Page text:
William Williams married Moses Carver's niece, Sarah Jane Carver, in 1853 and they built their home beside this spring. Their two children, Daniel and Martha, played with George Washington Carver as they grew up on the farm.
During the 1930's . . . — — Map (db m42031) HM
Clyde Barrow, Bonnie Parker, Buck and Blanche Barrow and W.D. Jones rented this apartment and holed up inside for several months. On April 13, 1933, law officers from the Joplin Police Department and from Newton County, seeking suspected . . . — — Map (db m170321) HM
This point was established in 1857 by an 800 member expedition starting at the southwest corner of Missouri and working north. The party included soldiers, teamsters, cooks, astronomers and surveyors. The expedition took nearly six months, being . . . — — Map (db m143500) HM
The presence of large deposits of limestone and running water make Big Spring Park an ideal location for caves such as Stairstep Cave. However, there is another cave that lives in the memories of the elders of Neosho.
In 1946 J.W. Abbott left . . . — — Map (db m43033) HM
Neosho was the Confederate Capitol of Missouri, when, on October 8, 1861, in the old Masonic Building on the northeast corner of the Square, the legislature passed the Ordinance of Secession, separating Missouri from the Union. — — Map (db m42036) HM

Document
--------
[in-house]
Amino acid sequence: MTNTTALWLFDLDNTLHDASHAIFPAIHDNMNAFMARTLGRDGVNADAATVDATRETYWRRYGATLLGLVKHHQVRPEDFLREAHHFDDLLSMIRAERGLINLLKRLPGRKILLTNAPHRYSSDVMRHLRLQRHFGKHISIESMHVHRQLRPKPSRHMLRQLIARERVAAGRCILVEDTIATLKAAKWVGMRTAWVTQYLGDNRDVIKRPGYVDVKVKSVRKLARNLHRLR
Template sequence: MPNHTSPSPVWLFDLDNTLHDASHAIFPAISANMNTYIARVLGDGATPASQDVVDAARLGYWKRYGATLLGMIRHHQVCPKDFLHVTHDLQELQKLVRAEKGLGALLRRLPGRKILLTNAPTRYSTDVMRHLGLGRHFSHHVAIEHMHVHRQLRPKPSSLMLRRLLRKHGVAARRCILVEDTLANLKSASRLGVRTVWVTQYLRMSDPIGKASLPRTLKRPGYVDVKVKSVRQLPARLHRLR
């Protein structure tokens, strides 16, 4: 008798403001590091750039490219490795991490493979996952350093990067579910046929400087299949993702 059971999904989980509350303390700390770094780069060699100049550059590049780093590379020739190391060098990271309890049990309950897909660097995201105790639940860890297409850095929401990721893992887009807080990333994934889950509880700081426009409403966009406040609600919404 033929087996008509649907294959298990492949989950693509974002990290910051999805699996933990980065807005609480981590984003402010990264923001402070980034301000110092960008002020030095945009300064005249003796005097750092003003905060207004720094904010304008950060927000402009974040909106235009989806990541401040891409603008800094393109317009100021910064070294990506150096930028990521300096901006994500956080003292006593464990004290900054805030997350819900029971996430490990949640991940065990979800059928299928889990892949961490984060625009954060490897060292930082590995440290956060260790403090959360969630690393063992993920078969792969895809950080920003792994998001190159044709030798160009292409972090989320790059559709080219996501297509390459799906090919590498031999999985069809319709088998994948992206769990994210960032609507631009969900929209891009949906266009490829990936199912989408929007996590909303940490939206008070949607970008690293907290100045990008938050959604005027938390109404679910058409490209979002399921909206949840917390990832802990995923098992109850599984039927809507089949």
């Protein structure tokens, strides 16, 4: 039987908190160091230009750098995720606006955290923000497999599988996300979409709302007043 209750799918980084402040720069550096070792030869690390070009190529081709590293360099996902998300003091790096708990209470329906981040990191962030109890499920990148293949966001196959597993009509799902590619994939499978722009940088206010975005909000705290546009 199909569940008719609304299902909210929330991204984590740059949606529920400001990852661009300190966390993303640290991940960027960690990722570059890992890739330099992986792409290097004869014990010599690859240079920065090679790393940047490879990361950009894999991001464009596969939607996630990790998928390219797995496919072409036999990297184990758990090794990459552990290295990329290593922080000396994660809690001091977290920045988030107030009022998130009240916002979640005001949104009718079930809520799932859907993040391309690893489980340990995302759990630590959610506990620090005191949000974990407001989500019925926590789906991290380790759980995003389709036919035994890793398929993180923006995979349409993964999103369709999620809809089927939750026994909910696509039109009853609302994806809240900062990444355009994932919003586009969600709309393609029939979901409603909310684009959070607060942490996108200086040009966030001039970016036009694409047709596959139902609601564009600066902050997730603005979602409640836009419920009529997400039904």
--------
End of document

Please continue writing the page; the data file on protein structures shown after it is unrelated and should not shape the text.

A former slave boy, George Washington Carver came to Neosho in the 1870s seeking an education. At Neosho’s Lincoln School, he began his long climb out of ignorance. This was his first step toward becoming a world-famous scientist and teacher at . . . — — Map (db m43025) HM
In 1898, Edward Haas built this four story warehouse to house his wholesale grocery. The warehouse has an electric belt driven elevator and automatic sprinkler system. His business was the center for the entire region for canning and shipping. The . . . — — Map (db m42915) HM
Herman Jaeger, a Swiss immigrant, settled six miles east of Neosho in 1865 and started a vineyard. He located superior wild grapes in the area. Some of these local disease resistant varieties he sent to France in the 1870’s. They were used to . . . — — Map (db m43027) HM